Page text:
The first 18 years of his imamate saw the tyrannical rule of the Omayyads Hisham ibn Abdul-Malik, Walid II ibn Yazid II, Yazid III ibn al-Walid II, Ibrahim ibn al-Walid II, and Marwan II al-Hemar (literally the Donkey) – all of whom had no pretension to religiosity and were notorious for their open violation of the laws of God and the teaching of the Prophet.
In the next 16 years of his imamate, the Prophet’s Successor shouldered a graver responsibility. First, after the overthrow of the Omayyads, there was the offer of caliphate by one of the victorious generals of the uprising, and the Imam whose authority was God-given, burned the sealed envelope of the offer in the flame of a lamp.
Imam Sadeq (AS), whose own God-given authority as Heir of the Prophet’s historical proclamation of the Commander of the Faithful Imam Ali ibn Abi Taleb (AS) as the Divinely-designated Vicegerent, was beyond the grasp of any usurper, desisted from any rash decision when one of the victorious commanders of the anti-Omayyad uprising sent him a letter offering the caliphate.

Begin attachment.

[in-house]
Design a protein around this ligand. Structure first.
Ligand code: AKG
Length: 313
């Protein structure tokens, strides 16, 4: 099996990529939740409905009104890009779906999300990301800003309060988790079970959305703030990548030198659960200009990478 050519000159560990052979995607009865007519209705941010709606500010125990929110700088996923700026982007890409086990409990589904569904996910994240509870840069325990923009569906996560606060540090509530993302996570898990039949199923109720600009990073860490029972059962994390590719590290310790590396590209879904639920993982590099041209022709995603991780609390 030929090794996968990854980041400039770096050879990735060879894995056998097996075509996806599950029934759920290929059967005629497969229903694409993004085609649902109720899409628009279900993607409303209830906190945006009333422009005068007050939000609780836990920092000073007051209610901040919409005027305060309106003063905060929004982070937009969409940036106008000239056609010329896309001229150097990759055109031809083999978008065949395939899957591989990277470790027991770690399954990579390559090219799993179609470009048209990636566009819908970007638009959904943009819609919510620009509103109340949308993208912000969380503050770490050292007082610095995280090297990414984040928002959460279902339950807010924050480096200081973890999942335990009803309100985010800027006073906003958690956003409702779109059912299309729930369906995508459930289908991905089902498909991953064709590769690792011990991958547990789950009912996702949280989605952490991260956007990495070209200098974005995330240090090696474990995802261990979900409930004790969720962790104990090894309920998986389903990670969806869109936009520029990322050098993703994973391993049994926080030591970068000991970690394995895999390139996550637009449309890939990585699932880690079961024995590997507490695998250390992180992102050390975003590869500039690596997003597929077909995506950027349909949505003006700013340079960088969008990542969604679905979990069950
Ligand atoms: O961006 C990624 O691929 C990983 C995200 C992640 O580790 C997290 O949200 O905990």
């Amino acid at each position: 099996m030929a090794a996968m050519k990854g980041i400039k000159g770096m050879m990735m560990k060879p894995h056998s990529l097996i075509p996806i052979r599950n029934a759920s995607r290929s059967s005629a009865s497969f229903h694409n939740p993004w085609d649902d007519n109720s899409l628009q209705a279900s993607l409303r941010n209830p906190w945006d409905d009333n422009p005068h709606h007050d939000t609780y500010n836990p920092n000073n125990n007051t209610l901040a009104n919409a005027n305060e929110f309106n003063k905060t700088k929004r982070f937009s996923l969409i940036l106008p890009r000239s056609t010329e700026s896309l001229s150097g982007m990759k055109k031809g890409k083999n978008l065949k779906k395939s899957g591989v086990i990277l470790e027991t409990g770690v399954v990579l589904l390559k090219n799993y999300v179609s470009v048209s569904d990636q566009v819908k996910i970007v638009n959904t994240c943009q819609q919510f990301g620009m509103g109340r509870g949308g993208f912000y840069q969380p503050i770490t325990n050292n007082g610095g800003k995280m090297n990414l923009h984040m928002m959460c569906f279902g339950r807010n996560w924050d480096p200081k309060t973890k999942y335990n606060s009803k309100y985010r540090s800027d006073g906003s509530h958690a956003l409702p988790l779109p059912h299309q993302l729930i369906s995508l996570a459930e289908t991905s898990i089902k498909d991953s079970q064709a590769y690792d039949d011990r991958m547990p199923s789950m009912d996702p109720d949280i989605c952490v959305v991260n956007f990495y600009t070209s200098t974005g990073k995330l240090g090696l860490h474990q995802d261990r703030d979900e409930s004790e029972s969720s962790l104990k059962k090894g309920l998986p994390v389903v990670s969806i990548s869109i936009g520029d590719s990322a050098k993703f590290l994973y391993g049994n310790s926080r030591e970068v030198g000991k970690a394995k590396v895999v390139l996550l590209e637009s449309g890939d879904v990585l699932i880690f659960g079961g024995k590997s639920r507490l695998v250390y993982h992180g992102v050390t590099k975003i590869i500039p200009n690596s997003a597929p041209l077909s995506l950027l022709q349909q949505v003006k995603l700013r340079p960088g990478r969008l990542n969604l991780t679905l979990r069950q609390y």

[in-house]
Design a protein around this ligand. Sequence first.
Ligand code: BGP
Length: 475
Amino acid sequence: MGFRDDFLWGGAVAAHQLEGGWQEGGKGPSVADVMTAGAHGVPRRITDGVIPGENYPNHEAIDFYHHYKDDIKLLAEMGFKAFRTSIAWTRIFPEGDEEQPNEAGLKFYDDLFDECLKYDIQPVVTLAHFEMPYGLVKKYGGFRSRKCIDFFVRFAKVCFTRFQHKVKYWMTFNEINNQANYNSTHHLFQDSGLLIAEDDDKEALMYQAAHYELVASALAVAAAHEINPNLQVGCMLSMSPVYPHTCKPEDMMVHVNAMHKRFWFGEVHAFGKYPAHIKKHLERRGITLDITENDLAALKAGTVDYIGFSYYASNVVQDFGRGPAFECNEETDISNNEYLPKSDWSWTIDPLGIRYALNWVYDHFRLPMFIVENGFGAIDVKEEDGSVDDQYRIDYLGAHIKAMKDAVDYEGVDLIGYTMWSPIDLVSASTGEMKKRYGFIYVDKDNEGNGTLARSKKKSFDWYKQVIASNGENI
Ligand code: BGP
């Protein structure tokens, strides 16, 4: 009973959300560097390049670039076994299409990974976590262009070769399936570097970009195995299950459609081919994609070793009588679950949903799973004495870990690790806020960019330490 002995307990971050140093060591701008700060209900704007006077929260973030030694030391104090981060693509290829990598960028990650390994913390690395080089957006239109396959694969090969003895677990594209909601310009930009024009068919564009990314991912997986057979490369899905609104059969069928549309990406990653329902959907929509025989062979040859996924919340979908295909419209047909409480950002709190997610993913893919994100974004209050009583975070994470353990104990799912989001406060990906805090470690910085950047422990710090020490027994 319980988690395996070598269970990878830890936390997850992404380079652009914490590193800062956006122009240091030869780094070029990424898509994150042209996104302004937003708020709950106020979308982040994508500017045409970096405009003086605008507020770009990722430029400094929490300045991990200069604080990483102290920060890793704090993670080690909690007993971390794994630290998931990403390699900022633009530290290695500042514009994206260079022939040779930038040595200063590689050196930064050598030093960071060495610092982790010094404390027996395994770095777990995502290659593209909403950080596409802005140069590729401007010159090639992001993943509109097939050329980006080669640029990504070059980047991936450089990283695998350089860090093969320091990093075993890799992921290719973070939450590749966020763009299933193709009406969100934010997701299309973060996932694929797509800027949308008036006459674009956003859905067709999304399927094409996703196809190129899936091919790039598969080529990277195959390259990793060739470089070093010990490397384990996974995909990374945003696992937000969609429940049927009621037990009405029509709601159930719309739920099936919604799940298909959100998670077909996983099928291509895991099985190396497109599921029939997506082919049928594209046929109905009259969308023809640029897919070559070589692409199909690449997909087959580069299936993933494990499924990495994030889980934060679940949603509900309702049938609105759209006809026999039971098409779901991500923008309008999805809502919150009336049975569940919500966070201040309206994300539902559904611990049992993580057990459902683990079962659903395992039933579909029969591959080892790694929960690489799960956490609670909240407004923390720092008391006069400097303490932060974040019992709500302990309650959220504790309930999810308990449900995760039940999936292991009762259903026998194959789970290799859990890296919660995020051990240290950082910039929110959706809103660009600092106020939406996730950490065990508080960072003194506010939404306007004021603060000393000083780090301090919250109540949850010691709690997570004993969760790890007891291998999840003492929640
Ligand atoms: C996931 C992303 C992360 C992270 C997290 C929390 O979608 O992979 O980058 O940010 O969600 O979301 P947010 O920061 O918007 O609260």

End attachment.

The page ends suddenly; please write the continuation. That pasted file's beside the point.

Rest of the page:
The Imam coolly burned the sealed letter in the light of a lamp because he knew that a caliphate which is offered by someone else than God is not legitimate authority, as was the case with the scandalous gathering of Saqifa Bani Sa’dah in Medina when a deviant group selected a caliph from themselves after a fist fight amongst themselves, while the Prophet’s rightful heir, Imam Ali (AS), was busy in the funerary seminary of the Seal of Messengers.
Once an Iranian chieftain from Khorasan, named Sahl bin Hassan came to Medina and asked Imam Ja’far Sadeq (AS), as to why he wasn’t actively fighting for his denied political right of leadership, in spite of the truth being on his side, when there were thousands of supporters ready to fight with him.